As Overlord of Harmony, you are granted full dictatorial power. Your goal is to help Harmony prosper and defend itself against The Syndicate. Also, as the head of the government, you are personally involved in diplomacy with other planets in the galaxy; some are friendly, and others are hostile. Most of the game involves you overseeing typical day-to-day tasks on Harmony, but from time to time events may occur in other parts of the galaxy that warrant your attention. These may range from friendly planets requesting military reinforcements to investigating incidents on other planets. Depending on how you decide to handle these situations effects not only your relationship with other planets, but the outcome of the game as well. You are responsible for five different departments: government, military, SIN (Secret Intelligence Agency), research, and the Fitz mining industry. In order to keep them running efficiently, you must staff each department, assign tasks and set goals, and determine the budget each department will get.
Each department you oversee requires capable men and women who run individual projects for you. Throughout the galaxy, there are intelligent people with education and/or experience in their field looking for work, and will apply to you for a position on your planet; interviews are taken care of for you, but the decision on who is hired and who is not is left up to your judgement based on the information on each person given as a result of his or her interview. If you hire someone, you may assign him or her to a job and provide workers to staff that job. Each department works differently; for example, SIN agents can be assigned to intelligence missions, while military officers must be placed in individual positions on your ships. Every few days, new applicants will be added to the roster of potential candidates, so you can check back from time to time to expand your staff or replace any employees killed or dismissed.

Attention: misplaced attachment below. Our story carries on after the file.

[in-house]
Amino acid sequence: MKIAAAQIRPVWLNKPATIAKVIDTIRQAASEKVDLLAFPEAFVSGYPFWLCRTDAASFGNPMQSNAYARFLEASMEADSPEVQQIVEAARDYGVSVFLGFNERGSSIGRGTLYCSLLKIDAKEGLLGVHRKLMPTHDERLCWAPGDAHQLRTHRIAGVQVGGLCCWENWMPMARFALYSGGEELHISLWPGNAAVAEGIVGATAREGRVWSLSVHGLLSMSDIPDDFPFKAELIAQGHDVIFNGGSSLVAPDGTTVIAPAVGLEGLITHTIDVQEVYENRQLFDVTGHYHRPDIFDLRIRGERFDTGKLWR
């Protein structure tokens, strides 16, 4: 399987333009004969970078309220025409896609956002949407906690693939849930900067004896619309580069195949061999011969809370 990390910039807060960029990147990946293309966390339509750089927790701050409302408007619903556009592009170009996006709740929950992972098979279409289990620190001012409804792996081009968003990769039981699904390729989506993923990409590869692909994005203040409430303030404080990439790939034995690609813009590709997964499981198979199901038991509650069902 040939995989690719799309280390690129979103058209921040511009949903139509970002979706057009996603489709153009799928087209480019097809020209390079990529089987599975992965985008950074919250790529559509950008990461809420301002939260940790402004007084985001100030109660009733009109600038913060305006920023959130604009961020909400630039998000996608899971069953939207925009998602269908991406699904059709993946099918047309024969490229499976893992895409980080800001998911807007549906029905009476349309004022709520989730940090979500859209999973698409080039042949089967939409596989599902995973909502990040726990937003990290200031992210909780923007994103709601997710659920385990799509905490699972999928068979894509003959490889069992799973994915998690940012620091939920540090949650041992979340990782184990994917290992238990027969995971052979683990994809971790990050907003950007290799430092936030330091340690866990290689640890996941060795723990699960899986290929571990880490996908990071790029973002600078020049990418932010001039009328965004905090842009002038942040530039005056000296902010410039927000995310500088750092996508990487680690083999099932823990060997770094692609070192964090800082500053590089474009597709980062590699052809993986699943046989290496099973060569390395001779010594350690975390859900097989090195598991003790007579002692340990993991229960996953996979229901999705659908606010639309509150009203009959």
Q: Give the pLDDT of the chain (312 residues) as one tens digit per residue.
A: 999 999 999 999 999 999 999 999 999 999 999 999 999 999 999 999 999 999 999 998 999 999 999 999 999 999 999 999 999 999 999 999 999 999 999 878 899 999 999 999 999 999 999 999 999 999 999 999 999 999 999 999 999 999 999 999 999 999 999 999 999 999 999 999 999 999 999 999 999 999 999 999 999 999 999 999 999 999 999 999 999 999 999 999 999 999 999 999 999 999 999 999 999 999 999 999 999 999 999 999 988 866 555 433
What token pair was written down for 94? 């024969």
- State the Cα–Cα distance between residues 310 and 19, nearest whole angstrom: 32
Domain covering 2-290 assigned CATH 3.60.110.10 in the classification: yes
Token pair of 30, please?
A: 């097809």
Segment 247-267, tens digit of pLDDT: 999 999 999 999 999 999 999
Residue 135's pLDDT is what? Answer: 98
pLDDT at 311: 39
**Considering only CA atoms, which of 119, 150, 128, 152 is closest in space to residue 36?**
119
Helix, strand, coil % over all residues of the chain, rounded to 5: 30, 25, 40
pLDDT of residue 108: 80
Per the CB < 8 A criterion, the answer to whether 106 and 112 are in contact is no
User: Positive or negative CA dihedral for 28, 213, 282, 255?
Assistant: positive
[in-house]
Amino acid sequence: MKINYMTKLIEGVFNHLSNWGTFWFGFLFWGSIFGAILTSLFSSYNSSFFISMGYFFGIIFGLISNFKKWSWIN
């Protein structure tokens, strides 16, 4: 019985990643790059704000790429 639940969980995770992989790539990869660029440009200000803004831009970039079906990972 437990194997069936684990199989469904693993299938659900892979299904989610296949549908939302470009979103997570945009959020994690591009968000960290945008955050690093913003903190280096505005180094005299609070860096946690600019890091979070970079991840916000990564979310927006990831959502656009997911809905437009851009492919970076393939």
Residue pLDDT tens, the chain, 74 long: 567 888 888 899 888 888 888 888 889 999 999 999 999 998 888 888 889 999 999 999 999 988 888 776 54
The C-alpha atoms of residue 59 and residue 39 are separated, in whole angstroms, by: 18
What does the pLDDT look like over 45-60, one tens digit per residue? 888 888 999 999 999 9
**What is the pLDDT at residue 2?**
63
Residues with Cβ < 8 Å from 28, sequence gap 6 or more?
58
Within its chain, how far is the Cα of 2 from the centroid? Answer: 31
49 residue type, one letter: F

One aspect of Maelstrom that sets it apart from other games is how research is developed. Like the other departments, you must hire researchers to lead research projects, set a departmental budget, and assign workers to work with them. However, just because a research team is working on a new project doesn't always mean you will reap the rewards in a matter of time; depending on the researcher, his skill as a researcher and his affinity (or lack thereof) in the field he is researching, the number of workers assigned to him, and the department's budget affect the success of their project. If you watch the progress of research, you may see the percent completed drop significantly or even reset to zero to signify problems the team may have had with that project. Likewise, the percent may also rise significantly or even go to completion to signify a breakthrough. Your researchers will not work forever on a project, and if they see that they are never going to finish their current topic they will stop researching it and notify you.